It will probably surprise all of no one that there’s at least one version of your typical ATM’s user manual floating around the internets. It’ll probably also surprise all of no one that–at least as of last check–a lot of them are still running Windows XP, which presents its own security issues by itself. So fast forward to the year of the adventurous teen, and what you run up against is exactly the kind of thing that would land you in federal jail on the wrong side of the border.
Matthew Hewlett and Caleb Turon were bored on a lunch break. And, as anyone who knows kids can probably figure out, lunchtime boredom plus access to the internet equals this can only end badly. In this case, it ended with a copy of an ATM user manual. So, the kids did what kids do best–they decided, hey, I wonder if any of this junk actually works. So they show up at a grocery store with a Bank of Montreal ATM, flip open their copy of the manual, and start testing things. They manage to bypass the standard program John Q. Customer sees when he wants to yoink money from the machine, and get into the actual machine OS. Well, or rather, they get to the point where the machine asks them for the OS password.
Now, if these guys are security conscious, the story ends here. They probably guess at a couple different passwords, get told to buz off, and away they go back to class with nothing having been upset. But that would be boring, and if there’s anything I’ve learned it’s that major corporations don’t do boring very well. In this case, major corporations also don’t do security very well.
The manual had a list of possible default passwords for the machine. The kids, because hey, they got this far, decided it’d be fun to just cruise on down the list. And wouldn’t you know, on that list of default passwords would be–surprise surprise–the very one that gave them access.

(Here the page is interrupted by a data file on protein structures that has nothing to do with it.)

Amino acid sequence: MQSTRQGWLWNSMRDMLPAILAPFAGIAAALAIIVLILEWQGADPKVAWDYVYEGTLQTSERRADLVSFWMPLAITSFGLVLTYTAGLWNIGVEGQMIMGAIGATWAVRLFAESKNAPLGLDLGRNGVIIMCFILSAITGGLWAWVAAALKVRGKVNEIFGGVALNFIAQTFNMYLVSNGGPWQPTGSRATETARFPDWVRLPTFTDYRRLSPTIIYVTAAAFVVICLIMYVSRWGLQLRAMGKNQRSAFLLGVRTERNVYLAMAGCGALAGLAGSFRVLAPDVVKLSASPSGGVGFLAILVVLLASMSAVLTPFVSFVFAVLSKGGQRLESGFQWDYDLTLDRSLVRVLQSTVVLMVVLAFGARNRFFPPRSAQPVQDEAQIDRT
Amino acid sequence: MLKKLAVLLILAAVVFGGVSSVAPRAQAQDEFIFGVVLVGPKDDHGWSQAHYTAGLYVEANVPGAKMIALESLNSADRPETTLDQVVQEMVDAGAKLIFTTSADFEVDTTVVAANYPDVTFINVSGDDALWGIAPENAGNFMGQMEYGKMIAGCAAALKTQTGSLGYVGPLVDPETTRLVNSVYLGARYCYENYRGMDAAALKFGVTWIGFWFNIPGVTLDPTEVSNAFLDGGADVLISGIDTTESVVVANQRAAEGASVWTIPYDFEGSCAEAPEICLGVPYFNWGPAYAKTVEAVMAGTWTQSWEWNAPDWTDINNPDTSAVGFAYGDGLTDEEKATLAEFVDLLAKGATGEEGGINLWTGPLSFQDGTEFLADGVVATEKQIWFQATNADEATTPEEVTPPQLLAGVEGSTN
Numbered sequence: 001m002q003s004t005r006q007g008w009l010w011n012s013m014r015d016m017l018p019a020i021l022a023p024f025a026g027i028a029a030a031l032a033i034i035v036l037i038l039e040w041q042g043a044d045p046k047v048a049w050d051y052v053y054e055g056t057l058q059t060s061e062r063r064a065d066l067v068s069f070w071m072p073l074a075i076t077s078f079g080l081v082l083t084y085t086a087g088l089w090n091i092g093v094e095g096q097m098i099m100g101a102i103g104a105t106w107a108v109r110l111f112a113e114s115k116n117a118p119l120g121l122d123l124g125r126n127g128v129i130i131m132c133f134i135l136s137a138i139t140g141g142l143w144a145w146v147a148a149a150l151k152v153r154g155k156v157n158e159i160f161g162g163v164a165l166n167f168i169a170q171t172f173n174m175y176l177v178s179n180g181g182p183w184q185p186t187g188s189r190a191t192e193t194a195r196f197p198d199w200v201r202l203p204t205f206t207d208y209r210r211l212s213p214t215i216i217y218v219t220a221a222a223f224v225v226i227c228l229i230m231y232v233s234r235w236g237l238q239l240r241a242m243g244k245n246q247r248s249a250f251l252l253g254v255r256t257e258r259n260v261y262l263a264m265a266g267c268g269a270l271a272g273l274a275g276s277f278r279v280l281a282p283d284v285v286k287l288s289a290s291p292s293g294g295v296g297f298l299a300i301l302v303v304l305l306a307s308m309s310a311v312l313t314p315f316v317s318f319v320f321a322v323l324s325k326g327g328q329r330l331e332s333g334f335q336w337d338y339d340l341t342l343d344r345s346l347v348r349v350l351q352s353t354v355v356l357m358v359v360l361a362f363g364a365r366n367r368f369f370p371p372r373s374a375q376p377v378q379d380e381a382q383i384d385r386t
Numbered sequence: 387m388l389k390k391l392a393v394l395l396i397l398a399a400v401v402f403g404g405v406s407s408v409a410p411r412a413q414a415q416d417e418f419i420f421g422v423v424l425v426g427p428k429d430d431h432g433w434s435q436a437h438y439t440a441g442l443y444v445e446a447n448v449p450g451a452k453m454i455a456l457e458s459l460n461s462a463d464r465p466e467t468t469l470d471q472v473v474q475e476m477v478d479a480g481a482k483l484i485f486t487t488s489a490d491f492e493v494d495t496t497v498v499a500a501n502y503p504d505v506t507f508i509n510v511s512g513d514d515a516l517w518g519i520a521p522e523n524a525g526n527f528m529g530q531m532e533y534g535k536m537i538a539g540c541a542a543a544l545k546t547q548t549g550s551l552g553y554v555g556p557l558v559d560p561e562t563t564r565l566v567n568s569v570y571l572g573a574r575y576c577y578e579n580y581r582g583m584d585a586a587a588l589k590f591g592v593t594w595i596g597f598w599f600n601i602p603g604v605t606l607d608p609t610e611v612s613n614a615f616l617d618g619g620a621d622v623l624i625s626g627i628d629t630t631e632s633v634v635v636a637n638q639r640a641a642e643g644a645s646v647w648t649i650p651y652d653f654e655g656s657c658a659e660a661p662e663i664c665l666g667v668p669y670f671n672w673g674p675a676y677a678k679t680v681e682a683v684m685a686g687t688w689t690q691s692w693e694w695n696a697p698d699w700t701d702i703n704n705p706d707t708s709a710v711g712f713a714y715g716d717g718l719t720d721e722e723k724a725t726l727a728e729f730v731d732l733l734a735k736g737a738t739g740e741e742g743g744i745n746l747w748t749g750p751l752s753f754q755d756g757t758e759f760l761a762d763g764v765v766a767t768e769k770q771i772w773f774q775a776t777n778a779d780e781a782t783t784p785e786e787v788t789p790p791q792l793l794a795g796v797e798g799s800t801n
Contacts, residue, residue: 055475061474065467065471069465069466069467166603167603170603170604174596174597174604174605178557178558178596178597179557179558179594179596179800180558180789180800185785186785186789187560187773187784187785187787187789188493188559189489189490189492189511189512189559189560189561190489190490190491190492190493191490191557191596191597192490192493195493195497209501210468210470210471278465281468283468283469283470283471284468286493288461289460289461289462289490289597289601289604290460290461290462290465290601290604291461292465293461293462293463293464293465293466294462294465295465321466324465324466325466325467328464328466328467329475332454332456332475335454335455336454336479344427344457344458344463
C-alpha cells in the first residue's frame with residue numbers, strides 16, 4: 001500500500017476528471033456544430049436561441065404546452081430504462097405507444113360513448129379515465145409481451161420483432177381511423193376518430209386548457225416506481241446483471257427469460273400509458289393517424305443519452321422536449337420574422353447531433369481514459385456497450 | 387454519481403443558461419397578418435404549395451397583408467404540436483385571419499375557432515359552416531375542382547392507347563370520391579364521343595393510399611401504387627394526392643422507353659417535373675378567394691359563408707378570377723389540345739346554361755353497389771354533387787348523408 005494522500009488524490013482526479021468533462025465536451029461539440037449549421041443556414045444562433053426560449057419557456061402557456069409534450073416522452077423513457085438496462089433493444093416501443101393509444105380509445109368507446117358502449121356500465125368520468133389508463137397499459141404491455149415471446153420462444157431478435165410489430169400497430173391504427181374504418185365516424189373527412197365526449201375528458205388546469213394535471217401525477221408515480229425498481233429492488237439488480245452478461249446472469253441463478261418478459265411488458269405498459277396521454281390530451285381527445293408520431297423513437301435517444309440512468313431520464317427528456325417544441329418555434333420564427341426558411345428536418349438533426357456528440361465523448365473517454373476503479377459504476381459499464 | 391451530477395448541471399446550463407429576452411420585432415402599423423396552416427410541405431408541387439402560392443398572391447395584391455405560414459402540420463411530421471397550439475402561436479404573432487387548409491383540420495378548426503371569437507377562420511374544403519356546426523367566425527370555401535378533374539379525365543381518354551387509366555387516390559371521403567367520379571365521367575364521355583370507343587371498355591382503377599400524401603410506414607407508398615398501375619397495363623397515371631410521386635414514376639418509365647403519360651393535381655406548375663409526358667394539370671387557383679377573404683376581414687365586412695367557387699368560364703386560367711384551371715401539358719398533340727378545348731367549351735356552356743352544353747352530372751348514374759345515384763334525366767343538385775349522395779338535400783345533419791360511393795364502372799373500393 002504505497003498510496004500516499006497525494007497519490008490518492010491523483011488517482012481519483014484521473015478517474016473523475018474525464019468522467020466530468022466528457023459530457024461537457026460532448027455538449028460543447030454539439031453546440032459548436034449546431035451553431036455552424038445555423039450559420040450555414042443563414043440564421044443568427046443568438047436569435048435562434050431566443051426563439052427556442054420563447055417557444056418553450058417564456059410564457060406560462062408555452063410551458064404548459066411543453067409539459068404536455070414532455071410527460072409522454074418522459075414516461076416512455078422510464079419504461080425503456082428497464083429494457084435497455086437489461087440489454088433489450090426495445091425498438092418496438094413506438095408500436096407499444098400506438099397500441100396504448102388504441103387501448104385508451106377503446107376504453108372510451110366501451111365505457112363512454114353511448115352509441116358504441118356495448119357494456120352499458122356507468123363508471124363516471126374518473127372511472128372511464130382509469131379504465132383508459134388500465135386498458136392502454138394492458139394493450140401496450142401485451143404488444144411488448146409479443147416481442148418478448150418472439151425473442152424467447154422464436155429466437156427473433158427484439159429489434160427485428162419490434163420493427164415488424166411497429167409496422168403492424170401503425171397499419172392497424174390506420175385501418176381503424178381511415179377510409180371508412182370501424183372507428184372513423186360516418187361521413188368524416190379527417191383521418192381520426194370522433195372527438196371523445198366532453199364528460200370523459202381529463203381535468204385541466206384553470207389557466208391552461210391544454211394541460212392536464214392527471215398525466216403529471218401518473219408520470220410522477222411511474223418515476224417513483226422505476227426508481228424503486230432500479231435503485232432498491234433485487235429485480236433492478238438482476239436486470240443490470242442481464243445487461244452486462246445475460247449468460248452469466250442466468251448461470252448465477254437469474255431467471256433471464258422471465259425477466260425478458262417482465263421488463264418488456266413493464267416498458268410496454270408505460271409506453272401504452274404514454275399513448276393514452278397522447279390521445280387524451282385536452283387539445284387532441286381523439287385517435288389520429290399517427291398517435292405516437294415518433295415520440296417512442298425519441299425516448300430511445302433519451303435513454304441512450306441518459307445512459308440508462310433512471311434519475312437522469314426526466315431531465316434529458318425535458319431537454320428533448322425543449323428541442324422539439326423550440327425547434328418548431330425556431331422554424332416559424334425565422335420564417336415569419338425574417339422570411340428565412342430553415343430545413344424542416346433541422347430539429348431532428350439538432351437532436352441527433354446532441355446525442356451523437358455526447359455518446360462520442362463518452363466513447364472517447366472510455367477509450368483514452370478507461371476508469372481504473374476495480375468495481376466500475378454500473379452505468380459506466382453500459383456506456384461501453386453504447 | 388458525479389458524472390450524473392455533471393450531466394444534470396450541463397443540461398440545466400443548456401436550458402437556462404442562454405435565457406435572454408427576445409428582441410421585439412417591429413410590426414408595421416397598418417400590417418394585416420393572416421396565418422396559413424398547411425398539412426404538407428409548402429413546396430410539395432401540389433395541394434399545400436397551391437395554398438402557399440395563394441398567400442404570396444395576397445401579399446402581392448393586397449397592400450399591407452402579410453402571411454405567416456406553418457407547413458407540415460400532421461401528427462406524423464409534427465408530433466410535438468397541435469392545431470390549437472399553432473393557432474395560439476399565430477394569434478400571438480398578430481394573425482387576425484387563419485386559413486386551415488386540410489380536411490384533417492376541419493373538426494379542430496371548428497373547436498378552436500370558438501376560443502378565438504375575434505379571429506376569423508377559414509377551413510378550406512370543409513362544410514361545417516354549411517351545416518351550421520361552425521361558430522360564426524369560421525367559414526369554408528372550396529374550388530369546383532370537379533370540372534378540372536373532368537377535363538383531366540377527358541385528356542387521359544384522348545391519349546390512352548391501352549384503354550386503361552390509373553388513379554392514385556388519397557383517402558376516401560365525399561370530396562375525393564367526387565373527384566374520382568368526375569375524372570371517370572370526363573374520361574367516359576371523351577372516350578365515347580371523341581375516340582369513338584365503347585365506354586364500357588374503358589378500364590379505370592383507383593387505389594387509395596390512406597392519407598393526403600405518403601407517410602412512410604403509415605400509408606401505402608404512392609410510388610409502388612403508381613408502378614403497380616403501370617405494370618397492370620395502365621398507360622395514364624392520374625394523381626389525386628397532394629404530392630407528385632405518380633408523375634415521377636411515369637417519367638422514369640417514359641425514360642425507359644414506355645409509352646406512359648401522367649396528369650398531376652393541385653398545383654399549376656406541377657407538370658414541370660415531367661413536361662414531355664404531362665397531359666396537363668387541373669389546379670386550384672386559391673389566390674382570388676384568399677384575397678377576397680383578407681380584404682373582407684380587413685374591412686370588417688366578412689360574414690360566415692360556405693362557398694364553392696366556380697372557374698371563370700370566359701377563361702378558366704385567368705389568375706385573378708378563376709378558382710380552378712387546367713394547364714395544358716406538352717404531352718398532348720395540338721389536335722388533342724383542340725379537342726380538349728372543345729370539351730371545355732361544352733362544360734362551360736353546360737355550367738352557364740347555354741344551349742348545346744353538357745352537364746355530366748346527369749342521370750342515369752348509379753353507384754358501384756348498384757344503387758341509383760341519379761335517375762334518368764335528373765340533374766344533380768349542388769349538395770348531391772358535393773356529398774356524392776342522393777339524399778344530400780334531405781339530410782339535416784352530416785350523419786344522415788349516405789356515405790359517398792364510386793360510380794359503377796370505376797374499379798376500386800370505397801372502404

“We thought it would be fun to try it, but we were not expecting it to work,” Hewlett told the Winnipeg Sun. “When it did, it asked for a password.”
They managed to crack the password on the first try, a result of BMO’s machine using one of the factory default passwords that had apparently never been changed.
They took this information to a nearby BMO branch, where staff were at first skeptical of what the two high-schoolers were telling them. Hewlett and Turon headed back to the Safeway to get proof, coming back with printouts from the ATM that clearly showed the machine had been compromised.
The teens even changed the machine’s greeting from “Welcome to the BMO ATM” to “Go away. This ATM has been hacked.”
Give BMO credit, though–this could have ended a lot worse than it actually did. Rather than, say, jump the gun and haul both kids before a judge (I’m looking directly at you, about 95% of US corporations), they did the smart thing–though perhaps not as smart as, say, changing that damned default password.
The BMO branch manager called security to follow up on what the teenagers had found, and even wrote them a note to take back to school as explanation for why they were late getting back to class.
According to the Sun, the note started with: “Please excuse Mr. Caleb Turon and Matthew Hewlett for being late during their lunch hour due to assisting BMO with security.”
BMO has apparently learned from a couple 14-year-olds exactly how important being allergic to default passwords actually is. And from the looks of things, they may or may not have actually done something useful with it–at least one would hope, since given people know this kind of thing’s out there, it’s only a matter of time.
So if your local geek, geek for hire, or tech support employee is standing in the room glaring daggers at either you or your computer monitor while potentially contemplating the quickest way of separating you from your career without getting his hands dirty, stop for 5 seconds and think. “Did I change that standard issue password?” Because odds are pretty freaking good one of you already knows.